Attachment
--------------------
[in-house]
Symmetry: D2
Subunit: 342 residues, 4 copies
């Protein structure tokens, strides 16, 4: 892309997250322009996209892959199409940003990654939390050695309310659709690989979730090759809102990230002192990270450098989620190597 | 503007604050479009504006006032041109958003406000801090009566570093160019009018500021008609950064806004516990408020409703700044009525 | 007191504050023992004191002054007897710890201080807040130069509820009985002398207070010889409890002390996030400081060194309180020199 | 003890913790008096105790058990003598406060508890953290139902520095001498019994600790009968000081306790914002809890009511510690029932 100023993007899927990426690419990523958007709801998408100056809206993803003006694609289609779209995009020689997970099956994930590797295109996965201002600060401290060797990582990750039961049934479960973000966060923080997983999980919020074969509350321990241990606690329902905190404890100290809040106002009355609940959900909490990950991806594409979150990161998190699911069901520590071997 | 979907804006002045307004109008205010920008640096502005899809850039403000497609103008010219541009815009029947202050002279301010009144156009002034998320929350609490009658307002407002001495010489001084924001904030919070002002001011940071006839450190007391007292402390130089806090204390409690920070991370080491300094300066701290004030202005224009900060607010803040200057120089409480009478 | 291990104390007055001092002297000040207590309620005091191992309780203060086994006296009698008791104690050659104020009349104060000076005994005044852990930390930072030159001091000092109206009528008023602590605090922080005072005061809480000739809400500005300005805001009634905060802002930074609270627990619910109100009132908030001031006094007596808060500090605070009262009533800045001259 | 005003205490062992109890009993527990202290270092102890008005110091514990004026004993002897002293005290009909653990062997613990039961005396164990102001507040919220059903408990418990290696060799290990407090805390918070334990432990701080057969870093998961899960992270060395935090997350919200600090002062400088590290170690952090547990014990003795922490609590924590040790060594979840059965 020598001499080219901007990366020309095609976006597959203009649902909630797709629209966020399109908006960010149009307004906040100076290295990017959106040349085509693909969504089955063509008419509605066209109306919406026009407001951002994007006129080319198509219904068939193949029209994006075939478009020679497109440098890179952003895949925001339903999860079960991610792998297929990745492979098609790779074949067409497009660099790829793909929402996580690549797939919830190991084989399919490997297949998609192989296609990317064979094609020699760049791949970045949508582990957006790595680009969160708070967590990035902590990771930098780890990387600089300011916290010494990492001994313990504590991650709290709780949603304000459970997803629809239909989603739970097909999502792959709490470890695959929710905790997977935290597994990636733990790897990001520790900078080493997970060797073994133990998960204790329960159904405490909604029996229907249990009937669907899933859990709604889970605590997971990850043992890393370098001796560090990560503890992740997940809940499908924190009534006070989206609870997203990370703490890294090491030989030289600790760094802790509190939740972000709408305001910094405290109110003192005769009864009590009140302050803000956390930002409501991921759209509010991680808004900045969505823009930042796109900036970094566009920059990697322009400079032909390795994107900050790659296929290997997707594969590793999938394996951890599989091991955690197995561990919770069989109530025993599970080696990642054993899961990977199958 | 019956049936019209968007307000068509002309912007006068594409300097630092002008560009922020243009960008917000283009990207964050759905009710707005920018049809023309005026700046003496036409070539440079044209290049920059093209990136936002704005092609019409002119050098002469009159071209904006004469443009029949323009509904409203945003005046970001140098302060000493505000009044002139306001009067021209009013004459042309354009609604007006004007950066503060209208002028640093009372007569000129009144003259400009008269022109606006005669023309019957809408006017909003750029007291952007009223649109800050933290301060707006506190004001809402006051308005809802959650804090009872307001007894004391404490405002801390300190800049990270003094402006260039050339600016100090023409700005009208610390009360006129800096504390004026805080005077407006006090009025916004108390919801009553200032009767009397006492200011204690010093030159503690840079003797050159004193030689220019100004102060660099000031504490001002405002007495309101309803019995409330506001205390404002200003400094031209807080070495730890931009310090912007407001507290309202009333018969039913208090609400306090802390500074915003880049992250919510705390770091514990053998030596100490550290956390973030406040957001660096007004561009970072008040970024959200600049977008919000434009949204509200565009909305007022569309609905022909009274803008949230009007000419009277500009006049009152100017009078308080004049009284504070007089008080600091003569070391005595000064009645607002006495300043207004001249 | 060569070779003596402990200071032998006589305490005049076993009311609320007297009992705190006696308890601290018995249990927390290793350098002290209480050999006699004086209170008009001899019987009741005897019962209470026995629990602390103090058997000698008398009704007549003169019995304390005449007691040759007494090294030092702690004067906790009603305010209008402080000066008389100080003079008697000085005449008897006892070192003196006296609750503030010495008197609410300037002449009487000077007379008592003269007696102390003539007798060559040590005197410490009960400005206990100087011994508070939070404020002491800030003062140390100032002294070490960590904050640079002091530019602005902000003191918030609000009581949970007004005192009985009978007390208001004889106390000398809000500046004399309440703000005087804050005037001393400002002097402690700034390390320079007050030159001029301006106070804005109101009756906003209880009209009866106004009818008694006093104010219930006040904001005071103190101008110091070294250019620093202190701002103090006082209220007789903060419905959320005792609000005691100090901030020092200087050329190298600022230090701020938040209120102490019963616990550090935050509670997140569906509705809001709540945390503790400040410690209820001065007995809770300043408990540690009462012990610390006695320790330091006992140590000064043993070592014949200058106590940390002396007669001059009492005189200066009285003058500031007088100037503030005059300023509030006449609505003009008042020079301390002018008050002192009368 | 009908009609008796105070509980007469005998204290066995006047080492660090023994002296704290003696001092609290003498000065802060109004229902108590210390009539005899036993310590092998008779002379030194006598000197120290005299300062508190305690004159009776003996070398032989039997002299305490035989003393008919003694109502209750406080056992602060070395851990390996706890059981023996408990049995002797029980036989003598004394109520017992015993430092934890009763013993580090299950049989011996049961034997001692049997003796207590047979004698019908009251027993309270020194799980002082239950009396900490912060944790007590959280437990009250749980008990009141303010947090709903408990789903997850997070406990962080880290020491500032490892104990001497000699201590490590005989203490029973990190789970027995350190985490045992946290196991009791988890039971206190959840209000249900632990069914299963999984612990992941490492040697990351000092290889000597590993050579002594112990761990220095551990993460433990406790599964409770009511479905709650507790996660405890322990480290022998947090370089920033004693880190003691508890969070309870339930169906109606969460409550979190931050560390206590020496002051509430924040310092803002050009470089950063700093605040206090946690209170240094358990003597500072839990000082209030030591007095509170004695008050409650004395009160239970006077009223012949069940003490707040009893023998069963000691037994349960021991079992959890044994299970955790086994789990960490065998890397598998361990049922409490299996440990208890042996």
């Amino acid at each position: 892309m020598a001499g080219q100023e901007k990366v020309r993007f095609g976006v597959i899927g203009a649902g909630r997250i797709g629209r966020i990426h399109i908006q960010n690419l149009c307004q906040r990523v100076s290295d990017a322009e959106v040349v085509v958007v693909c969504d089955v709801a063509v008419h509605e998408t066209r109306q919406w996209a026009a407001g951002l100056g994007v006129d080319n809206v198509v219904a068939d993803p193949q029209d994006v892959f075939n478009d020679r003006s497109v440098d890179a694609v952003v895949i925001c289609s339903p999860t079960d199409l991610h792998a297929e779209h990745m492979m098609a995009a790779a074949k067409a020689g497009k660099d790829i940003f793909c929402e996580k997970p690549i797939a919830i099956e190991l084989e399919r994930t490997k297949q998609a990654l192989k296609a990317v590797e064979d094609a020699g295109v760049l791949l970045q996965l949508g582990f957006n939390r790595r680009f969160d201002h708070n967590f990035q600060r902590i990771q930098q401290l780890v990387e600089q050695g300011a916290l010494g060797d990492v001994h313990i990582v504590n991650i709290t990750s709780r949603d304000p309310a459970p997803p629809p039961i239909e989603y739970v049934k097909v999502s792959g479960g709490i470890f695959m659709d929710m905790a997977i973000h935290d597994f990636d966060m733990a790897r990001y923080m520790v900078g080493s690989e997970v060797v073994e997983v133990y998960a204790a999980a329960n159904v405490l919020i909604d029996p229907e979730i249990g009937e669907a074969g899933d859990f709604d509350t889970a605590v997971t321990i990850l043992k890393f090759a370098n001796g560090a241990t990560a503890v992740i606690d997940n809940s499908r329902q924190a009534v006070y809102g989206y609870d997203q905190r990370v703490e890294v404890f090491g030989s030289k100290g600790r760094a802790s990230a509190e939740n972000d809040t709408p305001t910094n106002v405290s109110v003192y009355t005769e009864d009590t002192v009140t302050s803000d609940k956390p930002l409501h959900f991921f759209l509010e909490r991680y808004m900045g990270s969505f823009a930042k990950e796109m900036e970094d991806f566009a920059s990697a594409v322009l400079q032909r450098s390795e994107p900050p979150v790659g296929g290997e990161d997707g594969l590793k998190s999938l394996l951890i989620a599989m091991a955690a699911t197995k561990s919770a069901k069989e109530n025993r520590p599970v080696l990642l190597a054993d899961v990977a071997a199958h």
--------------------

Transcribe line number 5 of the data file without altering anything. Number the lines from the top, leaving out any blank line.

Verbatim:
């Amino acid at each position: 892309m020598a001499g080219q100023e901007k990366v020309r993007f095609g976006v597959i899927g203009a649902g909630r997250i797709g629209r966020i990426h399109i908006q960010n690419l149009c307004q906040r990523v100076s290295d990017a322009e959106v040349v085509v958007v693909c969504d089955v709801a063509v008419h509605e998408t066209r109306q919406w996209a026009a407001g951002l100056g994007v006129d080319n809206v198509v219904a068939d993803p193949q029209d994006v892959f075939n478009d020679r003006s497109v440098d890179a694609v952003v895949i925001c289609s339903p999860t079960d199409l991610h792998a297929e779209h990745m492979m098609a995009a790779a074949k067409a020689g497009k660099d790829i940003f793909c929402e996580k997970p690549i797939a919830i099956e190991l084989e399919r994930t490997k297949q998609a990654l192989k296609a990317v590797e064979d094609a020699g295109v760049l791949l970045q996965l949508g582990f957006n939390r790595r680009f969160d201002h708070n967590f990035q600060r902590i990771q930098q401290l780890v990387e600089q050695g300011a916290l010494g060797d990492v001994h313990i990582v504590n991650i709290t990750s709780r949603d304000p309310a459970p997803p629809p039961i239909e989603y739970v049934k097909v999502s792959g479960g709490i470890f695959m659709d929710m905790a997977i973000h935290d597994f990636d966060m733990a790897r990001y923080m520790v900078g080493s690989e997970v060797v073994e997983v133990y998960a204790a999980a329960n159904v405490l919020i909604d029996p229907e979730i249990g009937e669907a074969g899933d859990f709604d509350t889970a605590v997971t321990i990850l043992k890393f090759a370098n001796g560090a241990t990560a503890v992740i606690d997940n809940s499908r329902q924190a009534v006070y809102g989206y609870d997203q905190r990370v703490e890294v404890f090491g030989s030289k100290g600790r760094a802790s990230a509190e939740n972000d809040t709408p305001t910094n106002v405290s109110v003192y009355t005769e009864d009590t002192v009140t302050s803000d609940k956390p930002l409501h959900f991921f759209l509010e909490r991680y808004m900045g990270s969505f823009a930042k990950e796109m900036e970094d991806f566009a920059s990697a594409v322009l400079q032909r450098s390795e994107p900050p979150v790659g296929g290997e990161d997707g594969l590793k998190s999938l394996l951890i989620a599989m091991a955690a699911t197995k561990s919770a069901k069989e109530n025993r520590p599970v080696l990642l190597a054993d899961v990977a071997a199958h």